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Meet Ackie

May 11, 2012

It seems no matter how much you plan and organize, sometimes you drop the ball. That’s just what happened to me with Donna and Ackie’s story — I had it for nearly a year and forgot to share it.

Donna first contacted me about a year ago. She said her cat had been diagnosed with FVS (feline vestibular syndrome), but given the diagnosis was made three years prior, and FVS is supposed to be short-term, she was thinking he may be a CH cat. There’s obviously more to it than that, but I’ll let Donna tell you. Here’s their story:

Back in 2005, I went to a local crowded no-kill shelter just to take a look — yeah, right. I already had cats, but there’s always room for one more.

While walking up an aisle, I noticed a pathetic looking gray kitty in a full walk-in cage. It was obvious he was supposed to be longhaired, but he had very little hair, just nubs and scabs and a rat tail. When I went in the cage, he walked over and told me he loved me. I took him home.

I called him Ack as he was hacking, sneezing, funny looking — but I knew he had the potential to be as beautiful outside as he was inside. I was right, and though it took time, he settled in and stopped pulling out his own hair. He always had a strangeness to him; he walked a little funny and had a strange head tilt. His head wobbled when he got excited, and he’d get a little more jerky. He was treated for an inner ear infection but he never got better.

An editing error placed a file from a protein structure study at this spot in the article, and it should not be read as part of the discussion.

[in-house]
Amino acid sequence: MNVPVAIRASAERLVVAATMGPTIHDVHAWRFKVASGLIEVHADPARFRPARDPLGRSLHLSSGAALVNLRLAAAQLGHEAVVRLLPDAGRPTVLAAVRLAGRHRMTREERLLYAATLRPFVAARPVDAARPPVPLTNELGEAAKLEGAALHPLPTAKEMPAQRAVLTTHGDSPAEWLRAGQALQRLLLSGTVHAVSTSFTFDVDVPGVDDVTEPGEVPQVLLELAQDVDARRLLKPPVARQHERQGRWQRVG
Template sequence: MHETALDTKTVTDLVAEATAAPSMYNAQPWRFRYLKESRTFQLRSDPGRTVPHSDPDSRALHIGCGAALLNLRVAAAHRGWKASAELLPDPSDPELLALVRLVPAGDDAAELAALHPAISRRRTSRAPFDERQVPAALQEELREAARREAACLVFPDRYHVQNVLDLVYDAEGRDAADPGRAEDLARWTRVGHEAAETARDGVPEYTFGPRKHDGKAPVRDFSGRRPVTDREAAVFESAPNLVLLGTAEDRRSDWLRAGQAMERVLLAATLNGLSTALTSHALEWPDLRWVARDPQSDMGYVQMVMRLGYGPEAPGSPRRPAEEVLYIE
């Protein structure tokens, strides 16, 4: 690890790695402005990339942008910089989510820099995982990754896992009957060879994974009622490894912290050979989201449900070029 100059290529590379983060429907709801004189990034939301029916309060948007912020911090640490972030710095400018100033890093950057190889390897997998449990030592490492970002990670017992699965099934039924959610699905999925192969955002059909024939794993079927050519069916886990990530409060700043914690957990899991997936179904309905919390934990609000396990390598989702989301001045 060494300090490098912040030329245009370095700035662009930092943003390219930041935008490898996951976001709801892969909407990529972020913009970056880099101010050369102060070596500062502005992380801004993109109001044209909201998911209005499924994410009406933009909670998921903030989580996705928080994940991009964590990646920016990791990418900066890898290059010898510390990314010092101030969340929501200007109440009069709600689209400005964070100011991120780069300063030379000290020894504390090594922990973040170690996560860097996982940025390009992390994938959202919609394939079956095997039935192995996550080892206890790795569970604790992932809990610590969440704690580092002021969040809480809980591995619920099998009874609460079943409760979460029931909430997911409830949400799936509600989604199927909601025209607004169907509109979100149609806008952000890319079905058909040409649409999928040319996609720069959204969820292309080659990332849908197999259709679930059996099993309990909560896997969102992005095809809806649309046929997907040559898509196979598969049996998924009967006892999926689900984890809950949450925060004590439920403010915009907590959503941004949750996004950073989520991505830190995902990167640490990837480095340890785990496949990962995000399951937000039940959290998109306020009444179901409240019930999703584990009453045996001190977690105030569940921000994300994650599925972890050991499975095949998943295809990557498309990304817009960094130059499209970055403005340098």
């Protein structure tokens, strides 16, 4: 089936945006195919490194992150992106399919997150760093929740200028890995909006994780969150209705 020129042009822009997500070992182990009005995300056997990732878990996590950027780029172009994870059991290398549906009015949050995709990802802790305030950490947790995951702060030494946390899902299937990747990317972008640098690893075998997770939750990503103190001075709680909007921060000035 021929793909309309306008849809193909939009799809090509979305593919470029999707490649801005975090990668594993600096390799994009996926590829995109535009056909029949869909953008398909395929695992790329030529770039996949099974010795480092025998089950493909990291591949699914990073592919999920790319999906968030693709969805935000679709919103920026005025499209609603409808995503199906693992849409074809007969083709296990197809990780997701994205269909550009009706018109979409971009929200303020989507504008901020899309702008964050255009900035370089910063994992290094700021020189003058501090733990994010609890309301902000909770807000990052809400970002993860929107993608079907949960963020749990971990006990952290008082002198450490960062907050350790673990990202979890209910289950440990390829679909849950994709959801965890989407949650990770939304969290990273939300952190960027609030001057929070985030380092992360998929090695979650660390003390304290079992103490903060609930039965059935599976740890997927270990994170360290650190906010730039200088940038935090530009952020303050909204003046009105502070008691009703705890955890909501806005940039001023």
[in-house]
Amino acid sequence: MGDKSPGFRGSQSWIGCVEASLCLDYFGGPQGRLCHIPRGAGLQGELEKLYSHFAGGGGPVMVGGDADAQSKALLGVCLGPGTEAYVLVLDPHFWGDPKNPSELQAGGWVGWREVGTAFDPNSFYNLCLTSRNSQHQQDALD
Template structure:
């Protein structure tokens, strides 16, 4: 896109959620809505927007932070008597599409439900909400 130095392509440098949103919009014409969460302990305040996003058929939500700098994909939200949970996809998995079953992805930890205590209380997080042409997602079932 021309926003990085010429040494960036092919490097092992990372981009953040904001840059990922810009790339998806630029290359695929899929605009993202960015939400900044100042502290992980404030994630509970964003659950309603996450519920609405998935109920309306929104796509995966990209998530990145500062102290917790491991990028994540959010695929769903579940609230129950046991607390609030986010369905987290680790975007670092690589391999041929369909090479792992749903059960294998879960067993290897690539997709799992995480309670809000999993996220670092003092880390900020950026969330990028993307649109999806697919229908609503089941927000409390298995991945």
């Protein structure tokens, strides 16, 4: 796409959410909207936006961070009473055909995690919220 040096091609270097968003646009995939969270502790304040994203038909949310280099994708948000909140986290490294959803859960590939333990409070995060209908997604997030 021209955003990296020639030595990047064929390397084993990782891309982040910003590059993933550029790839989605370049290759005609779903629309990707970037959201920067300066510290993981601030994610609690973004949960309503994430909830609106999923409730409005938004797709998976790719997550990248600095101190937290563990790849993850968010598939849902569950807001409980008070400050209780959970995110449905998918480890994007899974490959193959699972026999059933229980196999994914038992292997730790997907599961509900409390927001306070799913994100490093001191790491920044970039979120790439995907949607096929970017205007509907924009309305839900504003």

Three years ago Ackie was chasing a moth that had gotten into the house, and he had some kind of seizure. It was short but afterward he was worse. This is when I took him to the vet and he was diagnosed with feline vestibular syndrome.

He is back to what is normal for him, but I watch him and try not to let him get excited. I believe Ackie has a mild form of CH as he can jump (just not high), uses the litter box fine (but is a little messy) and eats very well (and he’s a LOT messy!!!). He runs but sometimes can’t control where he’s going and zig zags.

I think he may be deaf too as he doesn’t respond to sounds. He loves to play with a catnip mouse or laser pointer, but I try to get him to take it easy in fear he may have another one of those seizures.

He has a best friend he play fights with, and they groom each other. When he gets tense, for example, if he gets into a room and can’t figure out how to get out, he meows VERY loudly. He also circles and screeches every morning (no need for an alarm clock!) but stops as soon as he gets his canned food.

Ack’s a vocal cat and chirrups and talks with me whenever he’s awake. Just touching him when he’s sleeping awakens the symphony in him.

Ackie is very loving and has the loudest purr I’ve ever heard. He’s a great-hearted cat, and I’m so glad he chose me that day!

Click here to read about other readers’ CH cats or tell us about your CH cat!

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